Senate Russia investigators invite Comey to testify, seek documents

The Senate Judiciary Committee demanded Wednesday that the FBI and the White House turn over evidence relating to former FBI Director James Comey's interactions with President Trump after reports of a memo that Comey was said have written detailing a request from Trump to wind down the Russian Federation investigation. "Please provide these documents by no later than May 24, 2017".

Republicans and Democrats on the Senate Judiciary Committee say they expect the panel to ask ousted FBI Director James Comey to testify to Congress. Flynn was later fired by the president after it was disclosed that he had contacts with Russian officials and then misled others about them.

After Trump fired Comey, the president appeared to threaten the former director on Twitter, writing that Comey "better hope that there are no "tapes" of our conversations".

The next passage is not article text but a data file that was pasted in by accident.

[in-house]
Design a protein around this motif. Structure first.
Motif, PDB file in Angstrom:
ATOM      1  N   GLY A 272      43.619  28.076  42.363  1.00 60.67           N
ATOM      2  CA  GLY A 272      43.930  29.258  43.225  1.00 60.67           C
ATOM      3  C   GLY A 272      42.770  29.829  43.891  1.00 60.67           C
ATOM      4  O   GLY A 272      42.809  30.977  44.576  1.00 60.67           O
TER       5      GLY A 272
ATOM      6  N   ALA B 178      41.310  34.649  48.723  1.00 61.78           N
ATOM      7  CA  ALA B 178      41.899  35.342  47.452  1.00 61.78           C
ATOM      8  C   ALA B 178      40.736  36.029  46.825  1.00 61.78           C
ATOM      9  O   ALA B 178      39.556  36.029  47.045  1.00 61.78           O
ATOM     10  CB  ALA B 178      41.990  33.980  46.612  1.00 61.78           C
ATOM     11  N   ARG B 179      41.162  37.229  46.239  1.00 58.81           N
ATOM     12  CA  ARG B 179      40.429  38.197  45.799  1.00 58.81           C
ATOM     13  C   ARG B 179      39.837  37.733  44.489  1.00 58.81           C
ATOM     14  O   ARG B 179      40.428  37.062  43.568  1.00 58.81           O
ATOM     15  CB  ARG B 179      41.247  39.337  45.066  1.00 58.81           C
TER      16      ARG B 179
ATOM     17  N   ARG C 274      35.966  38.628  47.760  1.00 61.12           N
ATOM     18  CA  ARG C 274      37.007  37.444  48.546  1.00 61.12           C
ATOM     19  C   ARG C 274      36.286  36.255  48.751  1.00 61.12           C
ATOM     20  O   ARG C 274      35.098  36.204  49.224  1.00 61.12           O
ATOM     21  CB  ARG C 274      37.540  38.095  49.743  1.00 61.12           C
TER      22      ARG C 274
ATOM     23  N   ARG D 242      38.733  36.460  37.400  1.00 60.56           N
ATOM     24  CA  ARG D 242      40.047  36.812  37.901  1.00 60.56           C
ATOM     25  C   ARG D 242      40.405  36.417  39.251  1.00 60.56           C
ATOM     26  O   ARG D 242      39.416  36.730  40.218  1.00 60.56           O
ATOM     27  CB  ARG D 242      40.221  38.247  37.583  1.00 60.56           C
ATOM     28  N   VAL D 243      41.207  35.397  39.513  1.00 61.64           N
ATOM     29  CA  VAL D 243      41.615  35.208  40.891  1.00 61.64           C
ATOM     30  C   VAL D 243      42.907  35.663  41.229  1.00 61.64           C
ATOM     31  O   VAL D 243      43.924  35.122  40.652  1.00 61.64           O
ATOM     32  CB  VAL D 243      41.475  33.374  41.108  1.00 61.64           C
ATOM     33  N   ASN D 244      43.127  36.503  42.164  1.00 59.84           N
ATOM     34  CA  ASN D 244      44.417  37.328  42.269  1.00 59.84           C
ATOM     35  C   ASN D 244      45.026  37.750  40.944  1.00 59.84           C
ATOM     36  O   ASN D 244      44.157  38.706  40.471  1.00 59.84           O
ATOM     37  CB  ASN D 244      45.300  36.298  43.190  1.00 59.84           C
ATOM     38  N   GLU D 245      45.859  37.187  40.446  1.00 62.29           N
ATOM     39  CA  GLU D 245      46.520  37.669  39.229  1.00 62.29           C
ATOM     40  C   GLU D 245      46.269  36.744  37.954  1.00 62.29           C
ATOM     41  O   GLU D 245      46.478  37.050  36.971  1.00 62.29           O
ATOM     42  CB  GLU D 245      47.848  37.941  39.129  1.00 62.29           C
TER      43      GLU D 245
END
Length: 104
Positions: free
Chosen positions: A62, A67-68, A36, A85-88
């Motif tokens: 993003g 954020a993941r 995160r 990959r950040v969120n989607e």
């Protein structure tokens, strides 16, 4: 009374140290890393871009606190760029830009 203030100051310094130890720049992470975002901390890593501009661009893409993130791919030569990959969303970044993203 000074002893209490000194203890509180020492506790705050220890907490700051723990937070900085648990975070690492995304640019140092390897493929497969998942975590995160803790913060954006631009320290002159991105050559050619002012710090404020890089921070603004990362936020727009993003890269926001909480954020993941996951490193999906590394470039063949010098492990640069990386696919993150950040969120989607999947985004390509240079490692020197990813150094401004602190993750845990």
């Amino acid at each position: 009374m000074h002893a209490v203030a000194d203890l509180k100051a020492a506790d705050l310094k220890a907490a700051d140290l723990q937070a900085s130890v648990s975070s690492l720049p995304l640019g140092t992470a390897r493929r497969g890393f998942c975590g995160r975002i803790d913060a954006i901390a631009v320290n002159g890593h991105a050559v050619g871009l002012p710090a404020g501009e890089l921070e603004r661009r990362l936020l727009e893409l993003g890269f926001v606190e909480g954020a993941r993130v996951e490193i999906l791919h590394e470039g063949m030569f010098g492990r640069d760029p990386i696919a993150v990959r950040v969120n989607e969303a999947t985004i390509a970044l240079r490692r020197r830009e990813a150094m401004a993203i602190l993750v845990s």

"I think personally, I think we will hear more from my Republican colleagues", Warner said.

FBI Director James Comey is likely to testify in both public and private hearings about his interactions with President Trump.

Republicans, meanwhile, have continued asking questions about the FBI's investigation into Hillary Clinton's use of a private email server a year ago.

On Tuesday, the House intelligence committee also formally requested similar documents from the Federal Bureau of Investigation.

"President has never asked Comey or anyone else to end any investigation, including any investigation involving General Flynn". The article noted that Mr. Comey was known among his closet advisers to document conversations that he believed would later be called into question.

Comey had testified exactly 10 years ago in the Senate about his famous hospital-room showdown with former U.S. President George W. Bush's White House aides at John Ashcroft's bedside, CNN reported. "This is not a truthful or accurate portrayal of the conversation between the President and Comey", said a White House official. Lindsey Graham, R-South Carolina and Sheldon Whitehouse, D-Rhode Island, who lead Judiciary's subcommittee on crime and terrorism.

  • Larry Hoffman